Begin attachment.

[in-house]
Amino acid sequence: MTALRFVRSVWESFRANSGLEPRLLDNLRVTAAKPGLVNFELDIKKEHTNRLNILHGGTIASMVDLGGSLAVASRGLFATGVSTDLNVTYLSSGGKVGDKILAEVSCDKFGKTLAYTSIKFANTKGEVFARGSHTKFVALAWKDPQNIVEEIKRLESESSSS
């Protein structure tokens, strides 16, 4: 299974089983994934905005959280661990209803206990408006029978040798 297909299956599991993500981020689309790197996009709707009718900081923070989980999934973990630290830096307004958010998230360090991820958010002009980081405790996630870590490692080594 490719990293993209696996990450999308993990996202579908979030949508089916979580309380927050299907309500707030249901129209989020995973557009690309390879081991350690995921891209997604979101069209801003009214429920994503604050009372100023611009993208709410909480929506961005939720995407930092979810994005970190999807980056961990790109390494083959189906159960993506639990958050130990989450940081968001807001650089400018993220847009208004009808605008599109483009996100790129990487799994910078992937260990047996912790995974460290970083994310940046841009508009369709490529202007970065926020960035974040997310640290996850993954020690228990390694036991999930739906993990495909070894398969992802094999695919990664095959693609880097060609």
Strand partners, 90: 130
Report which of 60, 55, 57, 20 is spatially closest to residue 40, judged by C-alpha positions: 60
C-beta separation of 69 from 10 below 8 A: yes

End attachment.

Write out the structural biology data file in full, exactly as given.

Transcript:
[in-house]
Amino acid sequence: MTALRFVRSVWESFRANSGLEPRLLDNLRVTAAKPGLVNFELDIKKEHTNRLNILHGGTIASMVDLGGSLAVASRGLFATGVSTDLNVTYLSSGGKVGDKILAEVSCDKFGKTLAYTSIKFANTKGEVFARGSHTKFVALAWKDPQNIVEEIKRLESESSSS
């Protein structure tokens, strides 16, 4: 299974089983994934905005959280661990209803206990408006029978040798 297909299956599991993500981020689309790197996009709707009718900081923070989980999934973990630290830096307004958010998230360090991820958010002009980081405790996630870590490692080594 490719990293993209696996990450999308993990996202579908979030949508089916979580309380927050299907309500707030249901129209989020995973557009690309390879081991350690995921891209997604979101069209801003009214429920994503604050009372100023611009993208709410909480929506961005939720995407930092979810994005970190999807980056961990790109390494083959189906159960993506639990958050130990989450940081968001807001650089400018993220847009208004009808605008599109483009996100790129990487799994910078992937260990047996912790995974460290970083994310940046841009508009369709490529202007970065926020960035974040997310640290996850993954020690228990390694036991999930739906993990495909070894398969992802094999695919990664095959693609880097060609």
Strand partners, 90: 130
Report which of 60, 55, 57, 20 is spatially closest to residue 40, judged by C-alpha positions: 60
C-beta separation of 69 from 10 below 8 A: yes